As a mother, you always want to see your daughter or son dream, dream of big things, places and have high hopes. My husband, John, introduced our daughter, Nora, to musical legends several years ago. For those of you who know John, you know he is an avid fan of legends such as Johnny Cash, Porter Wagoner, Dolly Parton, and Kenny Rogers. Those are just a few of his country artists, but he of course loves the hard rock and roll as well. One night Nora was introduced to Dolly Parton. From then on a love affair began! She, of course, had already been introduced to Dolly’s Imagination Library. Each month we received a book and it became an exciting time for Nora and Zeke, our son, when the mail came. As her love for books grew, her love for music grew as well. We often watch YouTube videos of Dolly, to the point of having to tell Nora that we must do our chores and finish our homework before we watch YouTube videos. Then came the records, her daddy made a trip to Merideath Antiques and acquired many of Dolly’s records. So every Friday night, we had dinner and would listen to Dolly.

Dolly was eager to hear what Nora had to say.

   When the fires happened in Sevier County, we sat as a family and watched fire rip through the beautiful mountains we love. We told stories about visiting the mountains. John shared stories about his many trips with his grandmother and People’s Bank of the South. I shared stories of family trips with all of my cousins and of course our trips with LaFollette United Methodist Church to Resurrection each year. We shared family stories visiting my mother and step-father’s cabin, which was Nora’s first adventure as a baby. The night of the fires was a somber and heartbreaking night in our household. However, Dolly jumped into action and did what she does best- she helped out and established the “My People Fund.” Nora was in awe. She said, “Mom, she is helping people she does not know.” She made a proclamation that night, “Mom, Dad, I love Dolly, I want to meet her one day and tell her thank you!” John and I looked at each other and snickered and said to her, “You may not meet Dolly but we can admire her through her music, her park and her books.”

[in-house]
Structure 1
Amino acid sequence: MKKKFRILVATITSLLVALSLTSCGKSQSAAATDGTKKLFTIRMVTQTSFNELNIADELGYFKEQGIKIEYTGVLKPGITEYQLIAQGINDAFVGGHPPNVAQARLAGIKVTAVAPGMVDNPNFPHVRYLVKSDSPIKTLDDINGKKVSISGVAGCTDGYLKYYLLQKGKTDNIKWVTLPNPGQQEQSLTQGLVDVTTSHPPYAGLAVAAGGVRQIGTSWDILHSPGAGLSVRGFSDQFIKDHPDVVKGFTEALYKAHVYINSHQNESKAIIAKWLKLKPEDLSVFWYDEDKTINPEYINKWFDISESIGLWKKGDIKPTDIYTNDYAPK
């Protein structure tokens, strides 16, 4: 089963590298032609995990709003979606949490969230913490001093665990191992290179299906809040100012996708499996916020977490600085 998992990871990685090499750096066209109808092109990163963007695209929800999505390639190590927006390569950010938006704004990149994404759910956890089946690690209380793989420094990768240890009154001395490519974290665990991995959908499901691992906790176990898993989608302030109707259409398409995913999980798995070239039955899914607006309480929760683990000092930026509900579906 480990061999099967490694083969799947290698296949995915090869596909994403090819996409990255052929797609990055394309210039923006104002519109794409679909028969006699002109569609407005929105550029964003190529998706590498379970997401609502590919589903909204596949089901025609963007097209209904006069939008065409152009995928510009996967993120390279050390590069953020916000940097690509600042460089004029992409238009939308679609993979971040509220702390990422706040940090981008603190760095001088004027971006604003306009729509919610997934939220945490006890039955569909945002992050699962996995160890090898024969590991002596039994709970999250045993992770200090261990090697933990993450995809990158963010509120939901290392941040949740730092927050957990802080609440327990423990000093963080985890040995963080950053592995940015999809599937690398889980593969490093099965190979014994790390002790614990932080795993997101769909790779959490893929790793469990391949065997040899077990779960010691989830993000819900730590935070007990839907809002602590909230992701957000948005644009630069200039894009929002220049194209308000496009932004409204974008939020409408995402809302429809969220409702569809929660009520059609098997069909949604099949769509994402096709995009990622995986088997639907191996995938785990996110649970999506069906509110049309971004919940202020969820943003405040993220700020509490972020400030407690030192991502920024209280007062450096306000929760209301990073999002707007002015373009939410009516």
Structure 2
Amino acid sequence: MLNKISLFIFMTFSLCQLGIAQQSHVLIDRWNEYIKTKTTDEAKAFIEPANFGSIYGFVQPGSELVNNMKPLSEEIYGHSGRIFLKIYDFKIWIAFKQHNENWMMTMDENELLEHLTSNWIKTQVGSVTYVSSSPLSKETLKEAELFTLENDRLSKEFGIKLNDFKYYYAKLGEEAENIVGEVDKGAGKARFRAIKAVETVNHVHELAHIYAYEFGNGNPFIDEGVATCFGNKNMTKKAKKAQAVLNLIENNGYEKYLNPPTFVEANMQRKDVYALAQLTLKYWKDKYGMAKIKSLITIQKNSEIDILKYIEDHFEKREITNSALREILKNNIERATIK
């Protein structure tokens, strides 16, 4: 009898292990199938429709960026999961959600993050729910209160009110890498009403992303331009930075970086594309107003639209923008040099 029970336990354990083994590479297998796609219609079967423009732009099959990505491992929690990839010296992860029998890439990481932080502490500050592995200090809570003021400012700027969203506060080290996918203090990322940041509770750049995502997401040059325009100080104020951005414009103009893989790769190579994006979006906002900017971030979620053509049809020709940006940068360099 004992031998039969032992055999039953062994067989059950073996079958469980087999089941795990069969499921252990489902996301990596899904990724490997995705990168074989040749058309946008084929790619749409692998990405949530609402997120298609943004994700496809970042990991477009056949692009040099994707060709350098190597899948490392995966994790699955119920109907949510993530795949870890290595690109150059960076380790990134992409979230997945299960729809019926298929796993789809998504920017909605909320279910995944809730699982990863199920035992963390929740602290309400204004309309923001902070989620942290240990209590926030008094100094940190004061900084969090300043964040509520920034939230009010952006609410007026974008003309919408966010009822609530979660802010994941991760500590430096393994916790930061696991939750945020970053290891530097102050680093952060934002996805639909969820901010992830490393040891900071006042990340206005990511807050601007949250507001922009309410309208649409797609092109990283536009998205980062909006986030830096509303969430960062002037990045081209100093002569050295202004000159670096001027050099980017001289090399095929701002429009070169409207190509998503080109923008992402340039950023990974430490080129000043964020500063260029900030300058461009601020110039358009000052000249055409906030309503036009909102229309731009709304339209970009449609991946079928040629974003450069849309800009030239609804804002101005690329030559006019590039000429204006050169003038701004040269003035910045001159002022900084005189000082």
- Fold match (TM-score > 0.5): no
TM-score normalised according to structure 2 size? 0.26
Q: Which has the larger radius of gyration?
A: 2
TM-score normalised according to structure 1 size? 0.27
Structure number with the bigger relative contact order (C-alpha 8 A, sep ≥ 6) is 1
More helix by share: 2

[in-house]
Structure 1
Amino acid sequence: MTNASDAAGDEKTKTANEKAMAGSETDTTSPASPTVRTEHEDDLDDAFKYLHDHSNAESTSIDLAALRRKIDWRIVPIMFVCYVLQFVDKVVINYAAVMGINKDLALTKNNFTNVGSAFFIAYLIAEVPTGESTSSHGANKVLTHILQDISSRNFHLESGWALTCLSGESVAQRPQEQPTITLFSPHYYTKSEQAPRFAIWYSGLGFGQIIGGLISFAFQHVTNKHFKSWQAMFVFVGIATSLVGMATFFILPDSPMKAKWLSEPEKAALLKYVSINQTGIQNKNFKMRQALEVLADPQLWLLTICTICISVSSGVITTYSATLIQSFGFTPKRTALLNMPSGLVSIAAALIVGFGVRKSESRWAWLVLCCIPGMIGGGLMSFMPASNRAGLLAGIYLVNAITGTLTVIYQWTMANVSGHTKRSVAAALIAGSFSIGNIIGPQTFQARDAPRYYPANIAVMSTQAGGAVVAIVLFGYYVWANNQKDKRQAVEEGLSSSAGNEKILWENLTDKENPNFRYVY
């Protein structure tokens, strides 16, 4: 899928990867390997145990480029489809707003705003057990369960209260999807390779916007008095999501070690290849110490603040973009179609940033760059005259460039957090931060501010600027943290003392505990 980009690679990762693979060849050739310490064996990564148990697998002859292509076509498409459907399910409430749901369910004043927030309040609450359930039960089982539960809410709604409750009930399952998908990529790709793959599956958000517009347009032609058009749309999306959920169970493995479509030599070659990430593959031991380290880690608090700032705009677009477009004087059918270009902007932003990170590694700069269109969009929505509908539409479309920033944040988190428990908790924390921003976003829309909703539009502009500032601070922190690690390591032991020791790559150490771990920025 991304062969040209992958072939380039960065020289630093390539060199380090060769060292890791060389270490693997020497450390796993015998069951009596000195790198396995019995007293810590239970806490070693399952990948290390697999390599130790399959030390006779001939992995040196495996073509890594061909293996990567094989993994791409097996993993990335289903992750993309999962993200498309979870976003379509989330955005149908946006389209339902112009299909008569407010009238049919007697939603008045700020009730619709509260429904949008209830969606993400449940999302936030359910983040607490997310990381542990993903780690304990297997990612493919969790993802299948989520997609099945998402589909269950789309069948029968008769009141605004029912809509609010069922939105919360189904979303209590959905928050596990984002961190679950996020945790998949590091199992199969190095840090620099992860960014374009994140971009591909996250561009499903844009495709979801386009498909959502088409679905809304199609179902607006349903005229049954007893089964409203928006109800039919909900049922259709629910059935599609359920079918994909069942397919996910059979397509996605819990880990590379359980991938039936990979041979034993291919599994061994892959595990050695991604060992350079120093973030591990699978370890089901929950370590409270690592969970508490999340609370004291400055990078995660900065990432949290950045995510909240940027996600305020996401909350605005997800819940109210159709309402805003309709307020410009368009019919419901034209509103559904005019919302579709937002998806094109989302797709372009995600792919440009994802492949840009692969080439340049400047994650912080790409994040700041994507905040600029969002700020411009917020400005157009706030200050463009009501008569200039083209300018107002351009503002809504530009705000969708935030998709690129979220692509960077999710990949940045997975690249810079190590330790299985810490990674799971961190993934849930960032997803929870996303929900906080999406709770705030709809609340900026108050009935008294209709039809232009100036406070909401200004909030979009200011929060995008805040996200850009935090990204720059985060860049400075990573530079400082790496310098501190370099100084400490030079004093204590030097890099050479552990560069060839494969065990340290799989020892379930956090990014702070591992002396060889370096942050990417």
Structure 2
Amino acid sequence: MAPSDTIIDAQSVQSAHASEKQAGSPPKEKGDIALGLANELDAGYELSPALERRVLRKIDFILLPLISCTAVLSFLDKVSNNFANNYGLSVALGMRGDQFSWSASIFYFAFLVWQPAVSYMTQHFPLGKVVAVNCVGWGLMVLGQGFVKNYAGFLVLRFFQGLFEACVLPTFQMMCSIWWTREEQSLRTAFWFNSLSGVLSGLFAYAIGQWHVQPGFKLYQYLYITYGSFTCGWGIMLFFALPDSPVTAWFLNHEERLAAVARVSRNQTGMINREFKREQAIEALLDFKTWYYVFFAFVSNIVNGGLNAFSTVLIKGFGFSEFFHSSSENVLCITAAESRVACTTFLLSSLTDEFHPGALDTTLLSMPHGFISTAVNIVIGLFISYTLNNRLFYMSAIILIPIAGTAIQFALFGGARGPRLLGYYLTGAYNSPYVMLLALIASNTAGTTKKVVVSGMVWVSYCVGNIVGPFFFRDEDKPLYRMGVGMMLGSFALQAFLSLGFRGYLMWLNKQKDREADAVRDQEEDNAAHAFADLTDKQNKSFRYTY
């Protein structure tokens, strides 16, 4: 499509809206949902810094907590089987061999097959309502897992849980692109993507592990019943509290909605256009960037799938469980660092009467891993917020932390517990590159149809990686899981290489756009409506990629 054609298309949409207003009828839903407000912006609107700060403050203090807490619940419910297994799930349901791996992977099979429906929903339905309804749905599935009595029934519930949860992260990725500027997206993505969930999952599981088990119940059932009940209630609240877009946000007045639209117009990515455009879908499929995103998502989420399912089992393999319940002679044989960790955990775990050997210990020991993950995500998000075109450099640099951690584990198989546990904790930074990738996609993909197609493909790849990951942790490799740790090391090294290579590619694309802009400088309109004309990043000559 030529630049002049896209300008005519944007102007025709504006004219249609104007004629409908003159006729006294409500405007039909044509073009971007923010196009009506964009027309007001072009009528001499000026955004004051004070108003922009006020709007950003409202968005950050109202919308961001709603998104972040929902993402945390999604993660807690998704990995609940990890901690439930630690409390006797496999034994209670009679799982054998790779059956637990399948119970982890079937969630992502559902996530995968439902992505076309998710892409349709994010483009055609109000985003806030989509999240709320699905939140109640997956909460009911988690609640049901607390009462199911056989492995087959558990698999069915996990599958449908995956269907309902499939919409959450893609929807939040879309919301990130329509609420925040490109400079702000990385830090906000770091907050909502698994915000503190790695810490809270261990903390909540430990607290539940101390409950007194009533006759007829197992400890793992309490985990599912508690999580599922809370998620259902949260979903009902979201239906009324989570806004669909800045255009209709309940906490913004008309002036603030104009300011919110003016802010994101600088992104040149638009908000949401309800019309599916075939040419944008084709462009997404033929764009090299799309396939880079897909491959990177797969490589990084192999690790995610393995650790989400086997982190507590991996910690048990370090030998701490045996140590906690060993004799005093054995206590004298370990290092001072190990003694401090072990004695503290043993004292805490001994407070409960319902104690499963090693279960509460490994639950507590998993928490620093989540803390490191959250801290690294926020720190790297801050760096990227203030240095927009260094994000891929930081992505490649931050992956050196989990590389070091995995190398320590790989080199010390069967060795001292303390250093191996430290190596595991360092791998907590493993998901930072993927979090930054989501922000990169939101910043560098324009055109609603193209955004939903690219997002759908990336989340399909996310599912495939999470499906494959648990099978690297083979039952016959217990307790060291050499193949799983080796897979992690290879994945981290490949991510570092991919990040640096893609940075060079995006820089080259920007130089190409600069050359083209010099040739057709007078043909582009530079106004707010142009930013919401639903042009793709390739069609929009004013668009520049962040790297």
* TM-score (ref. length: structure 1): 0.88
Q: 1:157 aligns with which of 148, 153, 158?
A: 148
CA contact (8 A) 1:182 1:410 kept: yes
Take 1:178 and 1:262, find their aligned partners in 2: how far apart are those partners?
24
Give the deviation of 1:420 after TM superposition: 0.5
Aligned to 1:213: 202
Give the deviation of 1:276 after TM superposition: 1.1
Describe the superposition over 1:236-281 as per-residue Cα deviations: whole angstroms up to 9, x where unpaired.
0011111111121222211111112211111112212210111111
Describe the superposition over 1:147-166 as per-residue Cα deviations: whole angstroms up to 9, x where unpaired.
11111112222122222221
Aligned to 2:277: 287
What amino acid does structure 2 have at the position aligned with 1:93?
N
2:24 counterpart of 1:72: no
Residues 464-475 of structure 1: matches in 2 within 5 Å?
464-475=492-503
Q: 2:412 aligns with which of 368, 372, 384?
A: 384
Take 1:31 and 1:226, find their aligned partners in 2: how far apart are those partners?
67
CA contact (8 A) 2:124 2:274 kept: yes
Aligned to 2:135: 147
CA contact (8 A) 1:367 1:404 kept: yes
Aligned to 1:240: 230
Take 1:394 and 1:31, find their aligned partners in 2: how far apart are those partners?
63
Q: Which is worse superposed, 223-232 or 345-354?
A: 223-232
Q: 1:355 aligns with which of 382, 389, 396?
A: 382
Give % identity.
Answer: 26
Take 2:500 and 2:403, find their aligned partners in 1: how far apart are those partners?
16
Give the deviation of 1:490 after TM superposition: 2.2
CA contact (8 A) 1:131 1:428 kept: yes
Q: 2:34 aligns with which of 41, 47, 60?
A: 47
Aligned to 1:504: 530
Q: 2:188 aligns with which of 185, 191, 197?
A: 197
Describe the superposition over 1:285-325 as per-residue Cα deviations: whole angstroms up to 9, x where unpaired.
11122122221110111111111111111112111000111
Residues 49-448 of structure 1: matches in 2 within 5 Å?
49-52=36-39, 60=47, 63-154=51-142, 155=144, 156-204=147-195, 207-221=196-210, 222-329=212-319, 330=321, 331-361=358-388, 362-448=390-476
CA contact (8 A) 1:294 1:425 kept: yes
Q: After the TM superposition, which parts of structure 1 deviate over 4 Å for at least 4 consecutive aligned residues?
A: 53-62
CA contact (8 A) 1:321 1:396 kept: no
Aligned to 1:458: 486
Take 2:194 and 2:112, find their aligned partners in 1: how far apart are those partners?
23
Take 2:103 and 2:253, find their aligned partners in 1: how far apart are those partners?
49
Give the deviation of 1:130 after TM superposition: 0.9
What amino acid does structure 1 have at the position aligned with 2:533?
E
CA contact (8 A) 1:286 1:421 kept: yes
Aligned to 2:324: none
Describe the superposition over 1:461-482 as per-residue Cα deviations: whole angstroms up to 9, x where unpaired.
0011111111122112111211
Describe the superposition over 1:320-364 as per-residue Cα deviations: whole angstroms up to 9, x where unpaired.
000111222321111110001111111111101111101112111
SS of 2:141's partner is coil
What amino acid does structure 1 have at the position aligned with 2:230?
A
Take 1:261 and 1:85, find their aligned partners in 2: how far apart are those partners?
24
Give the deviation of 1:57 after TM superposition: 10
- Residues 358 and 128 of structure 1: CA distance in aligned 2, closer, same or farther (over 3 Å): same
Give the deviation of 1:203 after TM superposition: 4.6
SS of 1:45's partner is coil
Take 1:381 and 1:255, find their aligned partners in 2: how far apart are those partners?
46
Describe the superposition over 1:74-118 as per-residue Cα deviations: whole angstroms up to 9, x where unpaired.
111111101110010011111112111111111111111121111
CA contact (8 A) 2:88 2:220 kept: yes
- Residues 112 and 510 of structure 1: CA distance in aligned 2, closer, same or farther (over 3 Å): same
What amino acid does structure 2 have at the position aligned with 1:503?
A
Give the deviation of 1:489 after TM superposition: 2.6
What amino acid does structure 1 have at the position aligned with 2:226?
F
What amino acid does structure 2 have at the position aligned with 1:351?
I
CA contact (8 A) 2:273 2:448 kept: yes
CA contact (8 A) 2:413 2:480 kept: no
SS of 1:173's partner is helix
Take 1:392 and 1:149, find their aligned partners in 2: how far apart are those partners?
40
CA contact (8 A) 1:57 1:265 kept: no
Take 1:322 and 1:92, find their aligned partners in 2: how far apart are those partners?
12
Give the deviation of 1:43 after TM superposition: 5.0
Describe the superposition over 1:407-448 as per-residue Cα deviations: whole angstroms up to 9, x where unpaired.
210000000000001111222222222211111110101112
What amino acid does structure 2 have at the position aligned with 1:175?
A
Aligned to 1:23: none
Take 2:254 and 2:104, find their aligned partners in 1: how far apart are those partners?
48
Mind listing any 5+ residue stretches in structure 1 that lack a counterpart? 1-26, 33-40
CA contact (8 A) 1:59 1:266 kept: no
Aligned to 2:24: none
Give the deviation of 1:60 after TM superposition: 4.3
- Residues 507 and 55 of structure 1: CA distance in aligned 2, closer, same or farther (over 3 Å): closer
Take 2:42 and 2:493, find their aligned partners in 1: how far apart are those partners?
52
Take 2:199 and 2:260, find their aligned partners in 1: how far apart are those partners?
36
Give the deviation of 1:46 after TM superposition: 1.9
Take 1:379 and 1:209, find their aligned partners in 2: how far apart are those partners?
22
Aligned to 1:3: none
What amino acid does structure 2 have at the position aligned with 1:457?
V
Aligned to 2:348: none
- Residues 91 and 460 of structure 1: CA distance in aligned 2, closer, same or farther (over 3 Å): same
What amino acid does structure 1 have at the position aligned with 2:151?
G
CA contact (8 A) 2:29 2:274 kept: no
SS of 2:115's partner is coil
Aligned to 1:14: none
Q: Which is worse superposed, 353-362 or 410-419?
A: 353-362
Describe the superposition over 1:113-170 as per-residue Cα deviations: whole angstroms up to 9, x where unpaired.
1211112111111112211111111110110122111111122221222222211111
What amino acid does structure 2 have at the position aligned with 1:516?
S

Fast forward a few months later, the weekend coming up was Dolly’s big homecoming weekend. We decided in light of the scheduled events we would make a trip to Dreammore Resort and attend the Dolly Parton homecoming parade. Nora knew of these plans and we had been very open with the fact that she would only see Dolly from a far.

   After numerous conversations with Nora, I overheard her prayer one night and it went something like this: “Dear Lord, I know you know Dolly, I love Dolly and I really want to meet her. Please help me, because I have so much to tell her.”

   All I could think was as a family we bless our food, attend church and pray, but if we do not meet Dolly, what will my daughter think about praying? That’s when our planned events took a real story book turn, and it was Nora’s prayers that were answered!